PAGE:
Azure Stack Gets Legal Assurances Under Azure IP Advantage Program
Microsoft's intellectual property (IP) indemnification program for Azure services has been extended to Azure Stack users, too, the company announced this week.
The indemnification program for users of Azure services, called "Azure IP Advantage," had its debut back in February 2017. With it, Microsoft provides assurances to its Azure customers that they have some defense against getting successfully sued for infringing the software patents of third parties.
The assurance comes in the form of a pool of 10,000 Microsoft patents used for defensive purposes in court cases. If a customer gets sued for IP infringement, Microsoft promises to give the customer one of its patents for countersuing purposes. Microsoft may also take up the legal fight on behalf of the customer under this program.
Now the Azure IP Advantage program covers Azure Stack, an appliance certified by Microsoft's hardware partners that lets organizations run Azure services in their own datacenters, instead of having to use Microsoft's public cloud infrastructure.
Here's how Microsoft characterized the indemnity support for Azure Stack, which adds protections for open source software use:
With Azure IP Advantage, Azure Stack services receive uncapped indemnification from Microsoft, including for the open source software powering these services. Eligible customers can also access a defensive portfolio of 10,000 Microsoft patents to defend their SaaS application in Azure Stack. This portfolio has been ranked among the top 3 cloud patent portfolios worldwide. They can also rely on a royalty free springing license to protect them in the unlikely event Microsoft transfers a patent to a non-practicing entity.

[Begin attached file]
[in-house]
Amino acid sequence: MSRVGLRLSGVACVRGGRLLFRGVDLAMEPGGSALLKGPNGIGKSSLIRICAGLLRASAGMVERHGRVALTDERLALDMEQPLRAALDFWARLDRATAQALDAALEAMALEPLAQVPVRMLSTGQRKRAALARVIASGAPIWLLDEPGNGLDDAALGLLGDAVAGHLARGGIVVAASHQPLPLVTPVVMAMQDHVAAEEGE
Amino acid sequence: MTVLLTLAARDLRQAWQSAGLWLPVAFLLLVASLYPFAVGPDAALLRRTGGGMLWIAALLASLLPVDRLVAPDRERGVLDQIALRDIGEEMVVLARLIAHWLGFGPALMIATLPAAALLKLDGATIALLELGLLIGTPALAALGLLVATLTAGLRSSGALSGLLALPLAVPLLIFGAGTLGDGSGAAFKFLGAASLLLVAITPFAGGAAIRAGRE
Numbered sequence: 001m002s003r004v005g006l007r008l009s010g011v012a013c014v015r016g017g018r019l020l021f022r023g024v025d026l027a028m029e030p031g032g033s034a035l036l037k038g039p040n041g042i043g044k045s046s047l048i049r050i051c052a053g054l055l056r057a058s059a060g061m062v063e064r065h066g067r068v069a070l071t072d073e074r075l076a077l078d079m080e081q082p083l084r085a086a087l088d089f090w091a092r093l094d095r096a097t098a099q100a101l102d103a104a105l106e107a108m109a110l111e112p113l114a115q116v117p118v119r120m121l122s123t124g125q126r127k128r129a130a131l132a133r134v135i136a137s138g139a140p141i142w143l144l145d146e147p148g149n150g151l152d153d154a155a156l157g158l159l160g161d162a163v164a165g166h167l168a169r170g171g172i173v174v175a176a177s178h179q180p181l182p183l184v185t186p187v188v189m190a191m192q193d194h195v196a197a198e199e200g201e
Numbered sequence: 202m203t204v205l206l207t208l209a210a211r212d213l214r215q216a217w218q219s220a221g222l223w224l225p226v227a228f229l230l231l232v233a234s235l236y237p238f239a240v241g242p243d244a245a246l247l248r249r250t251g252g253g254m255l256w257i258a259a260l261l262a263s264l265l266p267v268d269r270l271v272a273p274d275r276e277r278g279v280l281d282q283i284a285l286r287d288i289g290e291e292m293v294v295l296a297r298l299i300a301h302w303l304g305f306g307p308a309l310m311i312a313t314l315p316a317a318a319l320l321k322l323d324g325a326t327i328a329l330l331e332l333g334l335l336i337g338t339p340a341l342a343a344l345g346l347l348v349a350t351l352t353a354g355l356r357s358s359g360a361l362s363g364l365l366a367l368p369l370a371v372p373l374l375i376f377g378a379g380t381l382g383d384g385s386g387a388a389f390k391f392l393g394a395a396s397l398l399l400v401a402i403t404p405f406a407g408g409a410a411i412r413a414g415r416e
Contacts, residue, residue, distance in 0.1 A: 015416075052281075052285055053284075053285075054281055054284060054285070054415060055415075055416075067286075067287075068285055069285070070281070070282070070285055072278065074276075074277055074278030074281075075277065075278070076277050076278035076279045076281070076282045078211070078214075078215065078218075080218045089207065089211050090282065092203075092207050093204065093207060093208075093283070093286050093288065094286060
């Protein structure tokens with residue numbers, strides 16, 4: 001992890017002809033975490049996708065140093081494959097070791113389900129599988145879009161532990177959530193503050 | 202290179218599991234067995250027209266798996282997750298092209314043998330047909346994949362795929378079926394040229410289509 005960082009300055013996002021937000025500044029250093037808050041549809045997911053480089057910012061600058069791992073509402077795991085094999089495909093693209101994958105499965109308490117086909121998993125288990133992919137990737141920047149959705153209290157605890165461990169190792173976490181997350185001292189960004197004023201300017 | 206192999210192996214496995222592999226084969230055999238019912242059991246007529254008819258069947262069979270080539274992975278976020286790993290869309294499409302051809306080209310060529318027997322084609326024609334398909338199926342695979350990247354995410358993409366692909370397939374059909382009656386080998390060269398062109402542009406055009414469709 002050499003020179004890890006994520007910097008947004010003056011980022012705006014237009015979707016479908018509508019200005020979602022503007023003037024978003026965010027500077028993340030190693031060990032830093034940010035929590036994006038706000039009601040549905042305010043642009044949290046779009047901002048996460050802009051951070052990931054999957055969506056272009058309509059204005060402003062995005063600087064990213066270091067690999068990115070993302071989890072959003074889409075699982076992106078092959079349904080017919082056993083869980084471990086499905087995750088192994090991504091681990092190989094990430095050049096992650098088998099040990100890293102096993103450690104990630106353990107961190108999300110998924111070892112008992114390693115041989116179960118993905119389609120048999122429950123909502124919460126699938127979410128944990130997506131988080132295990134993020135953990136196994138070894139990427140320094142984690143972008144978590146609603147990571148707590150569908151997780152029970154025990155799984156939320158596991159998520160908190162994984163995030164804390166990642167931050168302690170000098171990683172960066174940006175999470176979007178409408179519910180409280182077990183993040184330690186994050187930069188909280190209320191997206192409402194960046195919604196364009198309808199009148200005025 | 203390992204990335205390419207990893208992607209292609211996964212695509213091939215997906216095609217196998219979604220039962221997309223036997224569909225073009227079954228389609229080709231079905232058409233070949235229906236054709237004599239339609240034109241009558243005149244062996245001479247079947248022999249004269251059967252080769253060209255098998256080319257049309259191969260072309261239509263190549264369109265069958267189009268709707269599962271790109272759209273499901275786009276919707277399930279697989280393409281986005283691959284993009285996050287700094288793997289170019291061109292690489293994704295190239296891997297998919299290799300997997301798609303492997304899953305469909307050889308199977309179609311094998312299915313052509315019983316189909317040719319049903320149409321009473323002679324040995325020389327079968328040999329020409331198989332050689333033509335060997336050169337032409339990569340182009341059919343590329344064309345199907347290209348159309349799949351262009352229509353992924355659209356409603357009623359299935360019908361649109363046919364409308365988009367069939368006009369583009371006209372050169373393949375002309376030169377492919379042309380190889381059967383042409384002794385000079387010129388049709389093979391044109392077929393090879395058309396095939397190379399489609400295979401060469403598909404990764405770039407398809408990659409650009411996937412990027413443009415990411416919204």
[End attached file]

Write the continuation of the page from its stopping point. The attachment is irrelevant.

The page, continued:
The "springing license" reference means that the patents that Microsoft may transfer to other companies under this program can't be used to make IP claims against other Azure customers.
In other Azure Stack news, Microsoft warned earlier this month that all Azure Stack systems are subject to "speculative execution"-type attacks associated with Intel, AMD and ARM processors (Security Advisory ADV180002). The attacks could result in information disclosure, such as the showing of password or encryption key information.
Operating system and firmware updates are needed in Azure Stack systems to ward off these speculative execution threats, called "Meltdown" and "Spectre" by researchers. Microsoft recommends applying the Azure Stack 1712 update to Azure Stack systems, although the update has some "known issues." Firmware updates, available from OEMs, are also needed after the Azure Stack 1712 update has been applied.
Kurt Mackie is senior news producer for the 1105 Enterprise Computing Group.